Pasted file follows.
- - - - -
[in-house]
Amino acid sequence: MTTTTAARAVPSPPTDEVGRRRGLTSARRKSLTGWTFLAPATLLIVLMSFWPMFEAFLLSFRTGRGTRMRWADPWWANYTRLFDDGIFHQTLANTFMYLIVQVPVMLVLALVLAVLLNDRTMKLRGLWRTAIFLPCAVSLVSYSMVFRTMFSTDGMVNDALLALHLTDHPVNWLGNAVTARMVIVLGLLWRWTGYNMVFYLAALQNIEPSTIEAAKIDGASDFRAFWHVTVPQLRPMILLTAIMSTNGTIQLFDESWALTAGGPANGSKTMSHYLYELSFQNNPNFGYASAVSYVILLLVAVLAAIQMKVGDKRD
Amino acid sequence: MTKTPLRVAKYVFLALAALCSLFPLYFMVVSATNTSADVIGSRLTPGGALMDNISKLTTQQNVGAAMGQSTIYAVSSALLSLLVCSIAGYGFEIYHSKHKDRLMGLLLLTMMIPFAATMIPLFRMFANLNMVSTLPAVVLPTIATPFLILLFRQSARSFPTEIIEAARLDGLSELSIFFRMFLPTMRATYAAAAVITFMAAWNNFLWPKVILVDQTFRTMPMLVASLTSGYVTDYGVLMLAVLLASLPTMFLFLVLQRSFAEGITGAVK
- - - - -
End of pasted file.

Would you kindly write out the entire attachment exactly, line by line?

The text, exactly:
[in-house]
Amino acid sequence: MTTTTAARAVPSPPTDEVGRRRGLTSARRKSLTGWTFLAPATLLIVLMSFWPMFEAFLLSFRTGRGTRMRWADPWWANYTRLFDDGIFHQTLANTFMYLIVQVPVMLVLALVLAVLLNDRTMKLRGLWRTAIFLPCAVSLVSYSMVFRTMFSTDGMVNDALLALHLTDHPVNWLGNAVTARMVIVLGLLWRWTGYNMVFYLAALQNIEPSTIEAAKIDGASDFRAFWHVTVPQLRPMILLTAIMSTNGTIQLFDESWALTAGGPANGSKTMSHYLYELSFQNNPNFGYASAVSYVILLLVAVLAAIQMKVGDKRD
Amino acid sequence: MTKTPLRVAKYVFLALAALCSLFPLYFMVVSATNTSADVIGSRLTPGGALMDNISKLTTQQNVGAAMGQSTIYAVSSALLSLLVCSIAGYGFEIYHSKHKDRLMGLLLLTMMIPFAATMIPLFRMFANLNMVSTLPAVVLPTIATPFLILLFRQSARSFPTEIIEAARLDGLSELSIFFRMFLPTMRATYAAAAVITFMAAWNNFLWPKVILVDQTFRTMPMLVASLTSGYVTDYGVLMLAVLLASLPTMFLFLVLQRSFAEGITGAVK